Have you received formal training since then? If you told me you’re a native English speaker I’d believe you in an instant.

beerclue ,

Same. Grew up watching Cartoon Network, HBO and the Discovery Channel with no subs (or dubs, they are not a thing in RO). Then there was music (lyrics) and later on video games and the Internet. It helped not having any OS or software available in my native language. Even to this day I use my phone and computer in English.

While I did have English classes at school (6th to 12th), the level was rather basic… I also took French for 10 years, and I can barely speak it. Otoh, I didn’t take one Italian class, but I can speak some, and understand almost everything. Again, this is because we had a bunch of Italian TV channels in the early 90s.

Binette ,

I’m bilingual.

They just sent me to an English daycare and spoke French with me at home.

Then I could do the rest on my own.

howrar ,

I grew up in a multigenerational home. Grandparents spoke one language, my parents spoke another. Used to play with the neighbours a lot and picked up a third language from them. Then started elementary school and learned a fourth there. It seems to work well to have each person in your life exclusively using one language.

Contramuffin ,

Former child in a bilingual household. The time that your child spends outside of your home has by far the biggest influence on language fluency. You can have your child speak a language at home, and they would be able to understand it and speak it, but it would be limited - likely conversationally fluent, but not natively fluent.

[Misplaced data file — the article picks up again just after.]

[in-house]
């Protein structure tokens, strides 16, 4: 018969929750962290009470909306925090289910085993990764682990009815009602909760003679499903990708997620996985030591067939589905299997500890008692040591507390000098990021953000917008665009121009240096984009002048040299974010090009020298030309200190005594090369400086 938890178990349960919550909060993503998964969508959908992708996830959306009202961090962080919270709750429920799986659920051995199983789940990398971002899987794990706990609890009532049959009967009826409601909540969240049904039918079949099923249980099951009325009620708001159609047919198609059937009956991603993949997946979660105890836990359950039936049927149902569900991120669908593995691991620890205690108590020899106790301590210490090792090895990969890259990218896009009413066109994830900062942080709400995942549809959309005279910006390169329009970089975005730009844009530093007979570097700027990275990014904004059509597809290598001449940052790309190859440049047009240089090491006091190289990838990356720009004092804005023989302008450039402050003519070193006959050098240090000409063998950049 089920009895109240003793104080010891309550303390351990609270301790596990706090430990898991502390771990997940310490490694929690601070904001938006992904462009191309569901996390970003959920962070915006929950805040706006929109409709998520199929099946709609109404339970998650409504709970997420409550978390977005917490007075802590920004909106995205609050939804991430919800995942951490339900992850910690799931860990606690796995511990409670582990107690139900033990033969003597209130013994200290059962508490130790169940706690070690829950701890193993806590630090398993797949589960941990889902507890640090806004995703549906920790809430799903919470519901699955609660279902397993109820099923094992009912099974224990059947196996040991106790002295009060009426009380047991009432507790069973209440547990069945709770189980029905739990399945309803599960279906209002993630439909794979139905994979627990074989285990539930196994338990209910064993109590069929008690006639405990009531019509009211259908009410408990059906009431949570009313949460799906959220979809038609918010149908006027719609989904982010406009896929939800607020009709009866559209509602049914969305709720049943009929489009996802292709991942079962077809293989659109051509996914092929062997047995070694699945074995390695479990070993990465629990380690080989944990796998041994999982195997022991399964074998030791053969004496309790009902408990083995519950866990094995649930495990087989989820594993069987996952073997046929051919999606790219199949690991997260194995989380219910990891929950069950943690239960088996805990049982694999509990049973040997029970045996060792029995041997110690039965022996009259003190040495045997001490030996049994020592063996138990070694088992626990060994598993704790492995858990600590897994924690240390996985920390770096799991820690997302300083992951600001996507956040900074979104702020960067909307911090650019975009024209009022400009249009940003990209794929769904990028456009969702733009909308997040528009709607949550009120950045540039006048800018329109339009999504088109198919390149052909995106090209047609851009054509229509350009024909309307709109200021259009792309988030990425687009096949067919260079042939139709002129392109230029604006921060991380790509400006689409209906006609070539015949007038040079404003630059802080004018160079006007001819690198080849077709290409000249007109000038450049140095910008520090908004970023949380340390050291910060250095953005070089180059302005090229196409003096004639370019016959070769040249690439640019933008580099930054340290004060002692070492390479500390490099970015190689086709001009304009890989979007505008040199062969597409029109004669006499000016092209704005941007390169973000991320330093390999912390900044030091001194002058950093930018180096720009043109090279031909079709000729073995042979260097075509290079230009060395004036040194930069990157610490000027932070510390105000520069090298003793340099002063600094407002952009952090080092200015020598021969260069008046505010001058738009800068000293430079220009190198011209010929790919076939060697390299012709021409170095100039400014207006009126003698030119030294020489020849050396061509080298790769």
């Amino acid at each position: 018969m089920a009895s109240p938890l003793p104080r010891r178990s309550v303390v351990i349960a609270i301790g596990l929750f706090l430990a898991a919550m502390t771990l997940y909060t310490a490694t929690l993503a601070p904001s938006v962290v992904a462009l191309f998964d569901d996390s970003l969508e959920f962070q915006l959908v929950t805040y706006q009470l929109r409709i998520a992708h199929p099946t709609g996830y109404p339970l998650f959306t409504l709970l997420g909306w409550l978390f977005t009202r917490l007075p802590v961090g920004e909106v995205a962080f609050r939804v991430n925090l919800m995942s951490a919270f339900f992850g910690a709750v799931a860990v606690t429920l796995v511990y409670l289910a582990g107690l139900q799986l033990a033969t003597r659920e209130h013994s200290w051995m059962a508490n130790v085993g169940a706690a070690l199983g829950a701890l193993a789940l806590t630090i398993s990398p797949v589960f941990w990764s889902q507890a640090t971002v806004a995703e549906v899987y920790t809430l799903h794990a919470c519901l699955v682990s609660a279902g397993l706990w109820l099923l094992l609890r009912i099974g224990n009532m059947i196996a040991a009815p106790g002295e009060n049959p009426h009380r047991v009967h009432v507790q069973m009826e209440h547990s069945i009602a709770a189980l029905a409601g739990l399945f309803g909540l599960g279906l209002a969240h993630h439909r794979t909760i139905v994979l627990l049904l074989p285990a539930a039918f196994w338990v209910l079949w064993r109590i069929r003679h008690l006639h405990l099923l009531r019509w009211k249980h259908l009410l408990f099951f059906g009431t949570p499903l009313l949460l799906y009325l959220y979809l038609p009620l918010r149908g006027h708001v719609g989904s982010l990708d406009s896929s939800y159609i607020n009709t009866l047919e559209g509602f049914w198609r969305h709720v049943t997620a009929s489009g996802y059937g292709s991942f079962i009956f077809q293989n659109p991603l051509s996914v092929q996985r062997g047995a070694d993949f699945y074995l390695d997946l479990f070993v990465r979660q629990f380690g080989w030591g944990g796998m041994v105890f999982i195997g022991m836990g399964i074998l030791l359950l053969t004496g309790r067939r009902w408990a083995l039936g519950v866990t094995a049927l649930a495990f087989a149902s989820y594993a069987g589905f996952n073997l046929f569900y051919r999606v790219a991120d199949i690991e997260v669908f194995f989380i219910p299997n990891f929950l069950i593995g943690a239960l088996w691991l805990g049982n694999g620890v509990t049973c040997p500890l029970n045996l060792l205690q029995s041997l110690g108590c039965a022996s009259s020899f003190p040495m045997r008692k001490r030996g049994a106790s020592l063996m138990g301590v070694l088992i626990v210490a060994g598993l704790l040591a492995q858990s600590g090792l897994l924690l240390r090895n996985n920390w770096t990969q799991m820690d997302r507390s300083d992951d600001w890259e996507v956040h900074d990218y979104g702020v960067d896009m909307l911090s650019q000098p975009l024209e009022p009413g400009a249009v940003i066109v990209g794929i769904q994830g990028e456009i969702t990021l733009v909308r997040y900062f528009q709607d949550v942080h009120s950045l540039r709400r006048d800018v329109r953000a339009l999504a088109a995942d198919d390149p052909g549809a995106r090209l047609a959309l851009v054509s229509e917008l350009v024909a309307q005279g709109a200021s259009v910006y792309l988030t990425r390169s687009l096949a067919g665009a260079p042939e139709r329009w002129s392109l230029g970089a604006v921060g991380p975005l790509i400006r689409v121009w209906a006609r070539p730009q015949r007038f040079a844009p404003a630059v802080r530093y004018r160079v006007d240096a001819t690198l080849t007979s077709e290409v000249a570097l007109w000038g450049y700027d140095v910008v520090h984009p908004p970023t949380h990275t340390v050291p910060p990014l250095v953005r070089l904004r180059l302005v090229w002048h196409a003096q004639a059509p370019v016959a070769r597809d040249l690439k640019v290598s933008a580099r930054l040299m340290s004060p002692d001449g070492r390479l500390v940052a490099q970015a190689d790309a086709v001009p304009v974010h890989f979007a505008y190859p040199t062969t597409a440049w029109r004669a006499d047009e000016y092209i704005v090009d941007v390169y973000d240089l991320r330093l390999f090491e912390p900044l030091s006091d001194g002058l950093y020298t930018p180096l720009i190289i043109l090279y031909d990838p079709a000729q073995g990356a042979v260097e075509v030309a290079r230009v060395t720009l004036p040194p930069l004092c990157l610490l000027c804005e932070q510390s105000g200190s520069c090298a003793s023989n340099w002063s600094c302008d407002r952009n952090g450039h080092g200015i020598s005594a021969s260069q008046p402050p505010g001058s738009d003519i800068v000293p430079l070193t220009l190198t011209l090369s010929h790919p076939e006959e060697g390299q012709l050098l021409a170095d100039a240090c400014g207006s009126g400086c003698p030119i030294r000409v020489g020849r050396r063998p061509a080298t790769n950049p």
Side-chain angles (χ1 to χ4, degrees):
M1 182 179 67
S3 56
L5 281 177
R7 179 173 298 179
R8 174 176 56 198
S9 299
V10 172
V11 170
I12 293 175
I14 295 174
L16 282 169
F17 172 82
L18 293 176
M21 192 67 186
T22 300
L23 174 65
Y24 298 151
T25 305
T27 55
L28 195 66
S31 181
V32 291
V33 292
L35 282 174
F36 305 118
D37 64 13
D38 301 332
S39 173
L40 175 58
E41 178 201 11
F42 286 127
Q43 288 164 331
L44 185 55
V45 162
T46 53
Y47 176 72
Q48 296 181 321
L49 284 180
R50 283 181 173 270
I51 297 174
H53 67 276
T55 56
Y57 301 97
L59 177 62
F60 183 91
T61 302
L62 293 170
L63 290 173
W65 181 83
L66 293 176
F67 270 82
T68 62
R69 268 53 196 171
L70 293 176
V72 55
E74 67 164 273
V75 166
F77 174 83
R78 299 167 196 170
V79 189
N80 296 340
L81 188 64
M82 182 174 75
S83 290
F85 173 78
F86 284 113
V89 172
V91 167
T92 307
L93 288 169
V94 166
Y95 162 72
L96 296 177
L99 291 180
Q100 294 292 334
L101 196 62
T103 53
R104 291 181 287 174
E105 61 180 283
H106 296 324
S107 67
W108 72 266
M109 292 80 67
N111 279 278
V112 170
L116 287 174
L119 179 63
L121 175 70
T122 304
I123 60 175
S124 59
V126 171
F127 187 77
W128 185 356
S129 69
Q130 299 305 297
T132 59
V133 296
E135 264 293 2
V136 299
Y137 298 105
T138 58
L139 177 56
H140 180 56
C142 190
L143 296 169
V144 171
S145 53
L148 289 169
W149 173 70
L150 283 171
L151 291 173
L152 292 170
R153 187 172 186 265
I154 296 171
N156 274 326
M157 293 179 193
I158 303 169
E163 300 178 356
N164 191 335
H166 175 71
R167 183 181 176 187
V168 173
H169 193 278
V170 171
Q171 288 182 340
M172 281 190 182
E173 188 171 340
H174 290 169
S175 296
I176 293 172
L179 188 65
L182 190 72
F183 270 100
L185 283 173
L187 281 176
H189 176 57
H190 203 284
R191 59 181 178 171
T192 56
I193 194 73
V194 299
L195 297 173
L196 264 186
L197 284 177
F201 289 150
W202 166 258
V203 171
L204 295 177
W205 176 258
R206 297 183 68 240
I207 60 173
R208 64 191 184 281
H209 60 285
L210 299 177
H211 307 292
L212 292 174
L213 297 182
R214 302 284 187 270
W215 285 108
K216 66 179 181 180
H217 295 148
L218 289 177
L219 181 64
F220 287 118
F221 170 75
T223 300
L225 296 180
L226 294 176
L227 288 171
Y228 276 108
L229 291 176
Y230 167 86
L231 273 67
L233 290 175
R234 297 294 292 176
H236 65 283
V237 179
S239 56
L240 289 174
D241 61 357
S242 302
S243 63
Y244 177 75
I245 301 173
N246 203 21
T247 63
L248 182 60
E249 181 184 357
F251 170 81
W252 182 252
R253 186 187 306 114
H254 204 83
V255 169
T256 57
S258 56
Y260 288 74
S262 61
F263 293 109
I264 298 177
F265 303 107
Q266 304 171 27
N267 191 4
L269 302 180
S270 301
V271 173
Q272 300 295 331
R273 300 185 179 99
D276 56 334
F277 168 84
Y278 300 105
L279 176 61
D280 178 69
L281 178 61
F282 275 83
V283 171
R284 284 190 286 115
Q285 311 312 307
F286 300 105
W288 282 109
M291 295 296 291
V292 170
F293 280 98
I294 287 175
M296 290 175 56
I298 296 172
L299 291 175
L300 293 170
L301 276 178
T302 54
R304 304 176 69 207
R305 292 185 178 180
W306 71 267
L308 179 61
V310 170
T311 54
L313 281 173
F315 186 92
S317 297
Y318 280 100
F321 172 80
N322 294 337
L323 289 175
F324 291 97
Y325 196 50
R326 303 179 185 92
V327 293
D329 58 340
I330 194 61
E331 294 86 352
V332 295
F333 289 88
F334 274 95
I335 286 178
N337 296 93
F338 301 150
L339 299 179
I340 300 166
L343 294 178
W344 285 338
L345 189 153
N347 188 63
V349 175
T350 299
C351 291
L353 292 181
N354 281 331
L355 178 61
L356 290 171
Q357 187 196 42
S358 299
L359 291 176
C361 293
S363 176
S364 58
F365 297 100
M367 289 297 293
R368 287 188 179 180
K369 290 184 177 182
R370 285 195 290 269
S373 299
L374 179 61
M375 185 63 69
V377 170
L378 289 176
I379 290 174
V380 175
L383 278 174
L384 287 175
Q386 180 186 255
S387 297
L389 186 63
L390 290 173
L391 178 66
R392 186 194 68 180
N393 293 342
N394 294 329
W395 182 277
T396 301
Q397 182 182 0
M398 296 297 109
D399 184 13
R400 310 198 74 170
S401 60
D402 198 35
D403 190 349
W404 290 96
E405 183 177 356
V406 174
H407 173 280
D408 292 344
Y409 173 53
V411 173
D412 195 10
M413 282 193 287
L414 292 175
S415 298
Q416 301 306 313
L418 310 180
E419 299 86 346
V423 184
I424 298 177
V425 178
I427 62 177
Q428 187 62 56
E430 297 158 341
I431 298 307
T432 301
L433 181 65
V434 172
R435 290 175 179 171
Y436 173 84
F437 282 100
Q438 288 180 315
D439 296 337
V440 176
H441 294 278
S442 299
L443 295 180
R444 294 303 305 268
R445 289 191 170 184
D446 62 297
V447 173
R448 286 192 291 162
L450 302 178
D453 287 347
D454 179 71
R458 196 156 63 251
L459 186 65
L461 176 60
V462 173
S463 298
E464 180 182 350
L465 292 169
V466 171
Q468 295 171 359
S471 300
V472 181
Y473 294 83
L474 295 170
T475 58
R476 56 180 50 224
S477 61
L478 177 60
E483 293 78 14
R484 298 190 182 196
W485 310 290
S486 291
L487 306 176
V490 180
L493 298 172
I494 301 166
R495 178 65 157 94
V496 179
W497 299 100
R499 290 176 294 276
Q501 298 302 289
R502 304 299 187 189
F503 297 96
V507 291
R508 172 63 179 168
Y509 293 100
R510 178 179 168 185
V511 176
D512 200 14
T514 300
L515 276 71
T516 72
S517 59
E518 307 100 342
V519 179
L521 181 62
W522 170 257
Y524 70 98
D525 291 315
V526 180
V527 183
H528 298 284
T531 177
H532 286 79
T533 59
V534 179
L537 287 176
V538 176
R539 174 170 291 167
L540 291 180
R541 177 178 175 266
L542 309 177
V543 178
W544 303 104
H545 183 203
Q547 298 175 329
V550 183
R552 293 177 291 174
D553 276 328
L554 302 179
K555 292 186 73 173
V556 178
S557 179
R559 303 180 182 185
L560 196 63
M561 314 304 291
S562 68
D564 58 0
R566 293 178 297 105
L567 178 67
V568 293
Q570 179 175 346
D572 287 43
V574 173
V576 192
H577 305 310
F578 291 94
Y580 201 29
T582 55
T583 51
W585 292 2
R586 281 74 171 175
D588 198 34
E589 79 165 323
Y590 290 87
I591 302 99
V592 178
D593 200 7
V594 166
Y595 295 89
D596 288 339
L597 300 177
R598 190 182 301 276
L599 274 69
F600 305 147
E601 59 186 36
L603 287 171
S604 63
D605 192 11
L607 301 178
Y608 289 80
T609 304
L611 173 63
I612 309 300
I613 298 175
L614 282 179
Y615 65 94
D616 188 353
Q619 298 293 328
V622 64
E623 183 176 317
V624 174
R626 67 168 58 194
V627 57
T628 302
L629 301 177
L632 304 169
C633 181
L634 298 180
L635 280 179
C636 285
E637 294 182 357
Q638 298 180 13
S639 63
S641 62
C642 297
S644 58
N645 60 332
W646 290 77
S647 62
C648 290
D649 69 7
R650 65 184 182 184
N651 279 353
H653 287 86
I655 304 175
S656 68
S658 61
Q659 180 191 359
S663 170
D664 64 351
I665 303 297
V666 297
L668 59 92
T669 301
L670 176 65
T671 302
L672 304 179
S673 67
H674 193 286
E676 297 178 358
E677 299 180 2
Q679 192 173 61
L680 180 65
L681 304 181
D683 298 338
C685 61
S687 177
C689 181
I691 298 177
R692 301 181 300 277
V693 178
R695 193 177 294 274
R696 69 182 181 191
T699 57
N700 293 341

If you can find a community for that language and culture that you visit every once a week, it will help reinforce that language. There might be language schools run by people from that culture - it’ll be an easy way to get in touch with other people from that same culture

Fishroot ,

French and English in school, Mandarin course on Saturday. Cantonese with parents,

At least that was my upbringing

Serinus ,

You need to take advantage of code switching, similar to how you’ll use curse words in some contexts, but not in others. Or retail language vs casual.

They should have some intuitive idea of when to speak Portuguese and when to speak English. If you’re mixing within the same context, that will be difficult.

governorkeagan OP ,

I hadn’t thought of it like that, but it makes perfect sense. Thank you.

BackOnMyBS ,
@BackOnMyBS@lemmy.world avatar

I was born and raised in the US. My parents spoke Spanish only. They maybe knew 5 words in English. I grew up learning Spanish fluently at home. Everything else (i.e. school, tv, friends) was in English, so I learned that naturally.

Downside: I feel like it created 2 personalities. I feel emotions, relate to family and romance, and cook in Spanish. I think logically, conduct business, and have friends in English.

Name ,